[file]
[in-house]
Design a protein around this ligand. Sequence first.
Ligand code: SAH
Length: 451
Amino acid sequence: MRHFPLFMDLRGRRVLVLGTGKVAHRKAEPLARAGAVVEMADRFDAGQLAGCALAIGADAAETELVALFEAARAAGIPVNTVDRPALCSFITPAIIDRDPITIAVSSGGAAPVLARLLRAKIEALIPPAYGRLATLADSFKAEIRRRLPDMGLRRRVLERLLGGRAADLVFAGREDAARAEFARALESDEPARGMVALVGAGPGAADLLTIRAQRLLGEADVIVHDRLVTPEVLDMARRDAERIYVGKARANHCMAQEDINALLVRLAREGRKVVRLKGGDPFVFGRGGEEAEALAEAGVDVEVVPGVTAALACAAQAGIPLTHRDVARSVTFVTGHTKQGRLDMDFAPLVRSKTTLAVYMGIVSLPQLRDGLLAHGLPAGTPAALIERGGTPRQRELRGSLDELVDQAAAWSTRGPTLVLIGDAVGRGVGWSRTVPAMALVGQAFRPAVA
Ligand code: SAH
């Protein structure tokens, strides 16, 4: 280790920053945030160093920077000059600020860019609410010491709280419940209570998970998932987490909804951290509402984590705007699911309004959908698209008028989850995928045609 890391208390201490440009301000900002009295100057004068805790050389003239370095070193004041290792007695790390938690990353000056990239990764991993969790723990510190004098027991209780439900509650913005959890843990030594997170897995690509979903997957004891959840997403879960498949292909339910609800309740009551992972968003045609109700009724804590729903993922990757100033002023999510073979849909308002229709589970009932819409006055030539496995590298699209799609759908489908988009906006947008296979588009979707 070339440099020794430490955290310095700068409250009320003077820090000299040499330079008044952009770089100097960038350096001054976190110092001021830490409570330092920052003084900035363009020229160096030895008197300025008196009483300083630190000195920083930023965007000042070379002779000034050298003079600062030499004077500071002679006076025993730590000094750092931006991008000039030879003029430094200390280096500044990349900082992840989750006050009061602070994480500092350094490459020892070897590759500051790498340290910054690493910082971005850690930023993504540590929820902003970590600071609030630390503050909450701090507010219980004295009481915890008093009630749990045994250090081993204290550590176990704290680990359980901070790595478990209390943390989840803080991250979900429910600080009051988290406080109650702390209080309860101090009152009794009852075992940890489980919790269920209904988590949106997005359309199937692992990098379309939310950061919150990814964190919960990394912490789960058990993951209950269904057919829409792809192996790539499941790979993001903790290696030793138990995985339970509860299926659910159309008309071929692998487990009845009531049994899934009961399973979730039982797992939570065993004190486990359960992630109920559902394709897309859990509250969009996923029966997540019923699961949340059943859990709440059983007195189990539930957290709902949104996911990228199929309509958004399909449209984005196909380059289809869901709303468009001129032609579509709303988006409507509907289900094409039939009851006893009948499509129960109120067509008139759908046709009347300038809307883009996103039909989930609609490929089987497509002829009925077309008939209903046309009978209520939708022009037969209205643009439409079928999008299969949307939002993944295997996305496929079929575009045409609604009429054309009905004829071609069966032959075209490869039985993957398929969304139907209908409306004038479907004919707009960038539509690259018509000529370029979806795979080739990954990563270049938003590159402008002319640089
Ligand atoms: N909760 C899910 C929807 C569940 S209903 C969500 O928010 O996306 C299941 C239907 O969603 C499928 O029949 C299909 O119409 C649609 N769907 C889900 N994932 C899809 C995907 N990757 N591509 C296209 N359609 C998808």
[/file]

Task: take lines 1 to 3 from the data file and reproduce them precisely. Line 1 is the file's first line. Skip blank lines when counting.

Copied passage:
[in-house]
Design a protein around this ligand. Sequence first.
Ligand code: SAH